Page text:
Attention GOP: New Media Is Here to Stay

Recently, Pajamas Media writer Andrew Ian Dodge counseled politicians against using social media. He concluded:

One wonders if those so keen on new media will pay attention to those in the know and take care when dealing with this sort of technology. There are those who are monitoring everything that happens on the right online, ready and waiting for this sort of scandal to erupt.  And when it does, expect it to become big news. The "old media" absolutely loathes new media. They are very keen to expose "the dangers" of the online world as often as possible. If they can take down a few leading right-wing politicians in the deal as well, so much the better.

This advice is akin to telling politicians during Benjamin Franklin's time to avoid public speaking (printing press, horrors!), during Alexander Graham Bell's time to avoid the phone, or during Hoover's time (note to Joe Biden) to avoid television. New media, whatever it is, avoidance isn't the key. People who avoid it are bound to be left behind.

Each era has its new form of communication, but the advice to communicators -- including politicians -- remains the same throughout the ages: speak respectably, look respectable, but most of all, <em>be</em> respectable. While it's true that Republicans will be watched for impropriety more than Democrats because Democrats are not assumed to have propriety and rarely claim to have it (Nancy Pelosi's decree of a  "new ethical era" notwithstanding), it is also true that ignoring social media or tip-toeing through it will do more damage to Republicans.

Social media platforms like  Facebook and Twitter provide a means to communicate directly to voters bypassing a self-admittedly biased media. If a politician were told there is a way to reach thousands of people with an unadulterated message in a person's home without the need to knock on a door or stand before TV cameras, he would eagerly ask how to do it. That's social media.

Social media platforms provide immediate feedback. If a politician were told that he could have dozens, if not hundreds of issues-savvy voters and political junkies share in "round-table" discussions and for free, he'd ask "where do I sign up?"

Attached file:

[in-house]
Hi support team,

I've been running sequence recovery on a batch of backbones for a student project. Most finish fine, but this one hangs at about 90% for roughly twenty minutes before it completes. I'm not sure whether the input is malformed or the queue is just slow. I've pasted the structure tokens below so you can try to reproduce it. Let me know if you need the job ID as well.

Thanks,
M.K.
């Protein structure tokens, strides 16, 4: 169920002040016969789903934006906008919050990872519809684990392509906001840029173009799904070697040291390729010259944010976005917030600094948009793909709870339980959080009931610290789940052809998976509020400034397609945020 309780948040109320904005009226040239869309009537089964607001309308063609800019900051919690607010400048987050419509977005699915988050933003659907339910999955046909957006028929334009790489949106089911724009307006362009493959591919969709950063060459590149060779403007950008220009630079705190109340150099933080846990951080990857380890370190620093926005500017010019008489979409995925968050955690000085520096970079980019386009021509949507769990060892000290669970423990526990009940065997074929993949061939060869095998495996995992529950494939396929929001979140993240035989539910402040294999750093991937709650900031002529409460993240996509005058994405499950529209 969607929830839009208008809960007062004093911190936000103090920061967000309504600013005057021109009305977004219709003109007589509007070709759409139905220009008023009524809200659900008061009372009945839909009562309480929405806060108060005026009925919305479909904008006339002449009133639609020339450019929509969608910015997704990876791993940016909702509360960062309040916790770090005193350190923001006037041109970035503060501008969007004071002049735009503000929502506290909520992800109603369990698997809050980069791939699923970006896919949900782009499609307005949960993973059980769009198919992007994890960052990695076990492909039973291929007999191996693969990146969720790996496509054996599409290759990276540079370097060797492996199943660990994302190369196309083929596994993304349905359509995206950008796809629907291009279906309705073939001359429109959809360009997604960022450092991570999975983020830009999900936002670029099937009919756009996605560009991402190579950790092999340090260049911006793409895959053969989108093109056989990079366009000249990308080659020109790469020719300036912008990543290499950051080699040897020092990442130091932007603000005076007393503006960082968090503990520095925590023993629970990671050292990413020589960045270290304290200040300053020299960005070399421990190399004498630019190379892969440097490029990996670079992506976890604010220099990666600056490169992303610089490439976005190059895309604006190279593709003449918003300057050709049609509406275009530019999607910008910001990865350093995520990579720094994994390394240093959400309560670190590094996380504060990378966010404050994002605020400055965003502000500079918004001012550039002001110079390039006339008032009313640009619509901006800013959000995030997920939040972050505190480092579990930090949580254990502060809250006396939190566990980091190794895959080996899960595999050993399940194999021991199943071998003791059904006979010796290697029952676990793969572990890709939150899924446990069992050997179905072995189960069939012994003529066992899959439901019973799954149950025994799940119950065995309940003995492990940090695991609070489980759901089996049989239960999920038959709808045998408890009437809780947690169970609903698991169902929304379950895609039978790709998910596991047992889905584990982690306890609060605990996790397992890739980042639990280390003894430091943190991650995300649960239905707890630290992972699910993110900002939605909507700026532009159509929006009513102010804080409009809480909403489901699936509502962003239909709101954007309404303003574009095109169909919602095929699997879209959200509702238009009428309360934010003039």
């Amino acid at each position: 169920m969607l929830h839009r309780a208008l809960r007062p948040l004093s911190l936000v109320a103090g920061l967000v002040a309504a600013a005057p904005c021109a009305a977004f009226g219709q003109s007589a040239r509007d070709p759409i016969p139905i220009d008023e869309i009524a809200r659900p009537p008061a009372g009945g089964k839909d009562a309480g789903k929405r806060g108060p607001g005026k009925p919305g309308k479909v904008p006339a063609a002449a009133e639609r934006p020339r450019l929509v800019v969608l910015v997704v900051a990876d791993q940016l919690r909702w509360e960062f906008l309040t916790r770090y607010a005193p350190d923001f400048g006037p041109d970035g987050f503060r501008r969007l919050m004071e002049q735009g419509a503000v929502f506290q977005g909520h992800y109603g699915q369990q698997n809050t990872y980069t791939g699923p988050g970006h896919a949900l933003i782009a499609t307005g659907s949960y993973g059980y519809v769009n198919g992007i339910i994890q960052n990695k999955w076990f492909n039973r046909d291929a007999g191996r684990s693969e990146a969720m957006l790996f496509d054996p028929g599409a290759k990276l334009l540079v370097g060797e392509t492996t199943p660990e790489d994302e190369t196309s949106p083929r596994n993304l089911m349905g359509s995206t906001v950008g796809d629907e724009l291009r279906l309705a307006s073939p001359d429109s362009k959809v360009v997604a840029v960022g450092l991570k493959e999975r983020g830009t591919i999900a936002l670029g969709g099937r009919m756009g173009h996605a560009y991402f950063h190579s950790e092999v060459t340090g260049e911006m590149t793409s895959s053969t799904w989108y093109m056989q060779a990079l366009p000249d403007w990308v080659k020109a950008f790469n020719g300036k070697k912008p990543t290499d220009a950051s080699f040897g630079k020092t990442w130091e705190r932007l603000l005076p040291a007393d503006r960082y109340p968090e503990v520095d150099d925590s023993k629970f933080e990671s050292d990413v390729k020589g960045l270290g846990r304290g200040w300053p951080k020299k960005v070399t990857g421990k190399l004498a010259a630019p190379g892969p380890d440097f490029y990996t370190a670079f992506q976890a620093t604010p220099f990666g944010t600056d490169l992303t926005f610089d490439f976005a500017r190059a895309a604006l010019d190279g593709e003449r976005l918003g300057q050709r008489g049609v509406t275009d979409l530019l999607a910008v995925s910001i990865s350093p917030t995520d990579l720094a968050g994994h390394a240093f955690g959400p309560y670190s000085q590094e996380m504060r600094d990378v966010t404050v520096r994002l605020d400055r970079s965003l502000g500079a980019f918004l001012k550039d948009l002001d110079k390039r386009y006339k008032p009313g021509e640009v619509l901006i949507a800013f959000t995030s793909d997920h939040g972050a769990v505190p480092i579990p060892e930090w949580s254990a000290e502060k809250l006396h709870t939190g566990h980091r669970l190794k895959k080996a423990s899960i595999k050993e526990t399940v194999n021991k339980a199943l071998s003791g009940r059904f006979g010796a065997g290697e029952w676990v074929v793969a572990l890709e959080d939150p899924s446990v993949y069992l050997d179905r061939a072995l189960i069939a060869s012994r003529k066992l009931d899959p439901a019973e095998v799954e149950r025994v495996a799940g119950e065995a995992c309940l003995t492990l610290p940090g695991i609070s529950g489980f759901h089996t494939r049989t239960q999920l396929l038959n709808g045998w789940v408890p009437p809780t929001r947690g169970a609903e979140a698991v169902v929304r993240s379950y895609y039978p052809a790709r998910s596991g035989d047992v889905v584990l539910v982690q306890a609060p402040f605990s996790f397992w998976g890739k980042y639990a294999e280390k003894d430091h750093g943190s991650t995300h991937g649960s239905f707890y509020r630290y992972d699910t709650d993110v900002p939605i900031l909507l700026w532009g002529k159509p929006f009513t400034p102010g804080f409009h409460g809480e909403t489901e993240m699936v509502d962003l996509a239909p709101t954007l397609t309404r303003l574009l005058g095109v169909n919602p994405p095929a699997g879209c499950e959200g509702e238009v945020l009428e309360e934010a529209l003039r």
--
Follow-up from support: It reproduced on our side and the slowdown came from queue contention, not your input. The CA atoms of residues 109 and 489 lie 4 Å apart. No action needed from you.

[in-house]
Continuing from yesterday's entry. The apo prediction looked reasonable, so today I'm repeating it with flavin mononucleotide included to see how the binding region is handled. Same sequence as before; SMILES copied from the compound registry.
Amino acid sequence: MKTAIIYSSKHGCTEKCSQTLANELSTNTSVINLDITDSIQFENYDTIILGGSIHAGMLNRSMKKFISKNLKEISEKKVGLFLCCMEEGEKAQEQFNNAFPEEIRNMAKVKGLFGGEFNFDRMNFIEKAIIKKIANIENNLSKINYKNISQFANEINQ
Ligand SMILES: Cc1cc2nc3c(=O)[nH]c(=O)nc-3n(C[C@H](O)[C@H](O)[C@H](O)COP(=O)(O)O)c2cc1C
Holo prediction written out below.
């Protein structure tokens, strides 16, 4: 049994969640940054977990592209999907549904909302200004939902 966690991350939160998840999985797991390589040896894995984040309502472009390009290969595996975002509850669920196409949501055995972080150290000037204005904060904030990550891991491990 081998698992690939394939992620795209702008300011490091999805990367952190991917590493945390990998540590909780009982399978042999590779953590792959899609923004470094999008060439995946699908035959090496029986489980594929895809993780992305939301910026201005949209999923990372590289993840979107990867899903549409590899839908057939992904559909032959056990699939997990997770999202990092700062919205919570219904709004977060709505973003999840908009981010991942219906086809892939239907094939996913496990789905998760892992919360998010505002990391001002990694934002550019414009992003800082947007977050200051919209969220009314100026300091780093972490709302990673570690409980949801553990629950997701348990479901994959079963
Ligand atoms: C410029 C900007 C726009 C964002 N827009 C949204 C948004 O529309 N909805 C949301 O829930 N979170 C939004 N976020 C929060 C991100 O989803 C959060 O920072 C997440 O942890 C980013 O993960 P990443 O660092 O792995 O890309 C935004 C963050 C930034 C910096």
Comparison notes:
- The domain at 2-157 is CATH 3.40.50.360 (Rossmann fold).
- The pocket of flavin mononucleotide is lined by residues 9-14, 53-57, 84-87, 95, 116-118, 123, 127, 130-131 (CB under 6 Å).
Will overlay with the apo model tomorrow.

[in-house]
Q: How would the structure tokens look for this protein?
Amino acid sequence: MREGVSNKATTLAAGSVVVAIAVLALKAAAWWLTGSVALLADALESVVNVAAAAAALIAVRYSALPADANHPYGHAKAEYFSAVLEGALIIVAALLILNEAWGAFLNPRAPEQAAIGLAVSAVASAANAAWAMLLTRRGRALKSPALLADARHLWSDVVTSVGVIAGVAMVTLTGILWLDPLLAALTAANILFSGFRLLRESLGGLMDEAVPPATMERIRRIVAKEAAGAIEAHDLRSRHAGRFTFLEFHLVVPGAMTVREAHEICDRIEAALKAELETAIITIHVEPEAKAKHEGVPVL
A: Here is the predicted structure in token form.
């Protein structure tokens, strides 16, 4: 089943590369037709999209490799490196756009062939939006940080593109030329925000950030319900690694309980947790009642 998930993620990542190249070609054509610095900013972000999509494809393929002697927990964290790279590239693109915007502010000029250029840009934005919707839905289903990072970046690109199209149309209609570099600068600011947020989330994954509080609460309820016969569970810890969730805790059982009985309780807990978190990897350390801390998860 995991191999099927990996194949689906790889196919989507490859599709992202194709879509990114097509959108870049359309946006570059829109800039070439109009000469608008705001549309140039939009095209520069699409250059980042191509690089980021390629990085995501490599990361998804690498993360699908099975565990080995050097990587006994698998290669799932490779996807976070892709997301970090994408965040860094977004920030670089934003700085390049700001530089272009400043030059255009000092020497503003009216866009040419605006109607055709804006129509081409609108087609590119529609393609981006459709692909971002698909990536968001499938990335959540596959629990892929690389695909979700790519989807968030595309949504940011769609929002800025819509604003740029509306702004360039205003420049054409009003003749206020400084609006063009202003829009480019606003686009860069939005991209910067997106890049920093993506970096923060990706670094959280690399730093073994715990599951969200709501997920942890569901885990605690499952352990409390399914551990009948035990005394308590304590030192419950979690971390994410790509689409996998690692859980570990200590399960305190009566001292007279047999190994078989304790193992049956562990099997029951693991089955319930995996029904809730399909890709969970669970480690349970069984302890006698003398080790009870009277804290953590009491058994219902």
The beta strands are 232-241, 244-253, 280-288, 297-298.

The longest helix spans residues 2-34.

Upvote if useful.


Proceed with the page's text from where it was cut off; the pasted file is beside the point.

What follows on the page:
The fact is, social media is here to stay and an incredibly valuable tool for creating a community around a persona and/or message. Why would a politician, of all people, avoid that? Politicians are in the business of self-branding and selling ideas. They need to stop viewing the internet as the Red Light District of modern media city and realize that Web 2.0 is the way politicians will share messages, raise money, and motivate action in the future.

Exhibit A: Barack Obama. Do Republicans want to be left in the dust for good?

But there are even bigger dangers for Republicans should they decide to avoid social media: their enemies aren't avoiding it. That is, just because a picture wasn't loaded on the internet by the politician doesn't mean that some friend, family member, or anonymous person hasn't tagged him in a picture on some social network. For example, on Facebook, I've made it my personal mission to UN-tag myself from pictures from my past. Not because I have any history to be ashamed of, but because I don't want old friends or family to be harassed by someone. They don't need the trouble. It is work to build a reputation in the real world -- well, social media is not virtual, it's real, too. Real pictures, real papers, real quotes, real evidence of a life richly led.

Another danger is that a person's identity can be co-opted. Just like an identity thief can steal a phone bill and find a way to take over your persona, an online person can use a person's name and pretend to be him or her. It's more difficult to co-opt an established online person. A person has a voice and a rhythm to their social interaction that is difficult to steal.

Former Haskell, Oklahoma councilman and social media expert Sid Burgess contends, "Companies who are not learning what they need to know in real time (change opinion, problem solving, etc) are wide open for losing market share to a company who is wiling to do the extra work to stay connected -- in real time." The same can be said for politicians. Any organism needs constant feedback and new information in order to be responsive and grow. Online social networks do that.

Finally, social networks are communities. These are not the family a person is stuck with, they're the friends a person chooses. The communities are a great way to win friends and influence people. They are a way to belong. They form an informal foundation for idea honing and intellectual interaction.

Social media won't work if a politician doesn't truly want to engage. People are extraordinarily sensitive to manipulation. Social media is first and foremost social. That is, if you're not good with making friends or developing relationships on the terra firma, online relationships may be just as difficult.

Just like newspapers, the telephone, photography, television, movies, C-SPAN, cable, blogs, email, instant messaging, texting, and every other formerly new form of media, social media is here to stay. It's not a matter of whether or not it should be used, because people are using it. Right now, there is spirited debate among conservatives about the potential RNC chair. This is not idle conversation. The direction the Republican Party takes hinges on this choice. So social media is important. It's used by a lot of influential people.  The question isn't whether it should be used or even how to avoid harm with social media (a completely negative perspective), but how to most effectively use it.

Republicans need to embrace social media or they risk being left behind. Again.